You know, for more years than either of us care to admit, Melanne and I have had both a mutual admiration society and a mutual inspiration society. She has devoted her entire career to helping others live up to their own God-given potential, especially women and girls. She started as a student at Georgetown. As a staffer on the hill and at People for the American Way, her energy and intellect has been simply unstoppable, and Melanne has been at the heart of Vital Voices since the very beginning. She was there with me and thousands of rain-drenched activists in Beijing in 1995. The Chinese authorities didn't want to hear what we had to say, but the voices of all those amazing women could not be denied human rights are women's rights and women's rights are human rights.

Melanne nurtured this organization every step of the way, never tiring, always ready to board another plane, visit another country, meet another aspiring and inspiring leader, forge a new partnership, break another barrier. More than one person, probably many of you, in this auditorium have wondered why does she do it? Why does she give so much of herself for all of us? In other words, what make Melanne Melanne? Well, I've watched it up close for years now and I don't have the answer. I'm constantly amazed. I'll say to her, "Melanne, we're having a meeting on Monday about X,Y and Z, can you be there?" She'll pause and say, "Well, I'm going from Bangladesh to Sweden and then probably to Colombia, but yes I can be there." I remember when Melanne was my Chief of Staff in the White House, and we often had meetings in a place called the map room where FDR used to track the progress of our armies in World War II. We thought it was an appropriate place for the women of the White House to meet. It occurred to me that maps can tell us as much about ourselves as about the world around us. Now you can look at a map of the world and see nothing but problems as far as the eye can perceive and that is especially true for those of us committed to the struggle for women and girls.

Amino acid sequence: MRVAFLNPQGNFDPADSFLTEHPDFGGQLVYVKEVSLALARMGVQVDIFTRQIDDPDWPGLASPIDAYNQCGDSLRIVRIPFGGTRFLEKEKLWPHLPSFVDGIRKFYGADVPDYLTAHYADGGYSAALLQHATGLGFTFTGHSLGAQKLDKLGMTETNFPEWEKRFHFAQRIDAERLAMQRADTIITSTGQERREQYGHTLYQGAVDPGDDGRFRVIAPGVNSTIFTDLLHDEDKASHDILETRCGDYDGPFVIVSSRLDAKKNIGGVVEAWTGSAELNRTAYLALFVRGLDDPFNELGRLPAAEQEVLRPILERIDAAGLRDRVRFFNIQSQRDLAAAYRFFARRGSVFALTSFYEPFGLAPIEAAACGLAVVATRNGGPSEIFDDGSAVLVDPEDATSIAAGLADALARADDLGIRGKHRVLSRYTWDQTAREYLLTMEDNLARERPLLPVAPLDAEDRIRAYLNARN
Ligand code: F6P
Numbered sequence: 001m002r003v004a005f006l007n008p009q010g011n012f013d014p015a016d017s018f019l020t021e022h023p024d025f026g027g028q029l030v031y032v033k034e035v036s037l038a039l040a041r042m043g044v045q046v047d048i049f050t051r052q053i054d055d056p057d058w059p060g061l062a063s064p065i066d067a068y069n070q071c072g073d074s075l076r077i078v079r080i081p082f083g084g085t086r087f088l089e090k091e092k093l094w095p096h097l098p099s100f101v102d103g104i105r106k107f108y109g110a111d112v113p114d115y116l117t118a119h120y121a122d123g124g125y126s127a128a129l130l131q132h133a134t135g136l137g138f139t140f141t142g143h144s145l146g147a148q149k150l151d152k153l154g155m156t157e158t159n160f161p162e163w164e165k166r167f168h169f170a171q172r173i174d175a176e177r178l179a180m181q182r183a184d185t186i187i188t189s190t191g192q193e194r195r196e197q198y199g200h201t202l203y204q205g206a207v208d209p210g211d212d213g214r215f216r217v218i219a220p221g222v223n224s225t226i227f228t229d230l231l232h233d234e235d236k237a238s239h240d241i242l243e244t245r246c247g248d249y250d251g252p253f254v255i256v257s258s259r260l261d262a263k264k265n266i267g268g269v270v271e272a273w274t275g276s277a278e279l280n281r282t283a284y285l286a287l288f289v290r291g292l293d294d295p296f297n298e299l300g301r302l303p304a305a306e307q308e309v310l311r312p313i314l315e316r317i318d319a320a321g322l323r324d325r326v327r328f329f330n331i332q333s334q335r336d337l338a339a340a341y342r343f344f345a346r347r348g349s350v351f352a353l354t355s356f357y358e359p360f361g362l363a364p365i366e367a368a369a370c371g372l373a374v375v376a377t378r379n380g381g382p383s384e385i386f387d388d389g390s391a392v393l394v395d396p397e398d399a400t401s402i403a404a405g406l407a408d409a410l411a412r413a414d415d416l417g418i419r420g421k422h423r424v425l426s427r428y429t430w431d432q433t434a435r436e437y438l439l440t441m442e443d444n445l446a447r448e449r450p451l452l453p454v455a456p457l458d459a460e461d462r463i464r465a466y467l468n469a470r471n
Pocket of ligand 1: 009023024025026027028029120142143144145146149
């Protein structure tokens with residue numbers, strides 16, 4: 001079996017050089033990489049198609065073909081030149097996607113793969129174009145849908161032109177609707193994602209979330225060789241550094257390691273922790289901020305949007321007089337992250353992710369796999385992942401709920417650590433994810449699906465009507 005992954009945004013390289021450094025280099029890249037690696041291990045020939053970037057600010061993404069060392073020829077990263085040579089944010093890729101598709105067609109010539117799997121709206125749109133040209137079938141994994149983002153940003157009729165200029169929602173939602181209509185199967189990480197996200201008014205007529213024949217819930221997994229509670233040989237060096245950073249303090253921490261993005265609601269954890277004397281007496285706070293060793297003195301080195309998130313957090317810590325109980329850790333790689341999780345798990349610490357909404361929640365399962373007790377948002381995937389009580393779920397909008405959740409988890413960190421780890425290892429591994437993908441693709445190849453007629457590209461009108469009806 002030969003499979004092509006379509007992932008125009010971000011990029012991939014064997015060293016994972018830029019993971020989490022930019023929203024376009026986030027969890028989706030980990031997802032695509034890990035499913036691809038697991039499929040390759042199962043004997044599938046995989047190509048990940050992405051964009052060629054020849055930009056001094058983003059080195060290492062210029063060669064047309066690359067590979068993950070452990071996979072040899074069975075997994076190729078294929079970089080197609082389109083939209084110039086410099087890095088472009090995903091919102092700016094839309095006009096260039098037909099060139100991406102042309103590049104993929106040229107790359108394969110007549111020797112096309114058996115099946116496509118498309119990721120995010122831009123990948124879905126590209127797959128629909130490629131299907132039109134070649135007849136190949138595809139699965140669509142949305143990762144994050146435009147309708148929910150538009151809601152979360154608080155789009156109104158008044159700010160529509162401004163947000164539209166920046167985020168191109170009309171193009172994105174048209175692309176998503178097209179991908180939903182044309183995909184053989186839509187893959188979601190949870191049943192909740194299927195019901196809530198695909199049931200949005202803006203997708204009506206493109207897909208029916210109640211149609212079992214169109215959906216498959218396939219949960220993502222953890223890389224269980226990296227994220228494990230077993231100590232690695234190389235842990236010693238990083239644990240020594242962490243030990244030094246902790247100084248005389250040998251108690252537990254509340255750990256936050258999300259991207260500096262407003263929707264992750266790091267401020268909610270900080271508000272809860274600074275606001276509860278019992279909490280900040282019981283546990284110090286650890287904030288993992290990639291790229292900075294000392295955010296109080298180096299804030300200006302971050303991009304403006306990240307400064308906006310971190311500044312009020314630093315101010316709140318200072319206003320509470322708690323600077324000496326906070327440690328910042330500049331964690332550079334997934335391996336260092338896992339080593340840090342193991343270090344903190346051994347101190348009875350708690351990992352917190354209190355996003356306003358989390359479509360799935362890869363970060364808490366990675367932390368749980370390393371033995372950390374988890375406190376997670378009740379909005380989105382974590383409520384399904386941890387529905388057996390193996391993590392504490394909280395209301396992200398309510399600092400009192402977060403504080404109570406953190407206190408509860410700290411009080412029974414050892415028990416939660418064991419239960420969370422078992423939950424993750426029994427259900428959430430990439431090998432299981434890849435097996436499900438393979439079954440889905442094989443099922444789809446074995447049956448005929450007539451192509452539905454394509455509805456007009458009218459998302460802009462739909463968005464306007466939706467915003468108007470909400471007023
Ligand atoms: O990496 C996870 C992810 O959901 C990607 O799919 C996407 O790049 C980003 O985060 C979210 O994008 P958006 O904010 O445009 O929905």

We see too many countries where women still face violence and abuse, too many political systems that treat women like second class or even worse, too many economies that deny women the chance to participate and prosper, but that's not all the maps show. It's not what Melanne and I see. When we look at the map, we do see progress because we know people who are making that progress against the most extraordinary odds every day everywhere. We see opportunities that are there to be seized. We see, we hear those vital voices. Melanne and I have always believed that women who lack opportunity whether it is the opportunity to go to school, own land, start a business, run for office, should not be viewed as societies' problems, but rather as solutions, agents of change, drivers of progress, makers of peace. All it takes is for them to have a fighting chance. Our unwavering faith in the potential, the untapped potential, of women and girls is at the heart of the work we've done together over these many years.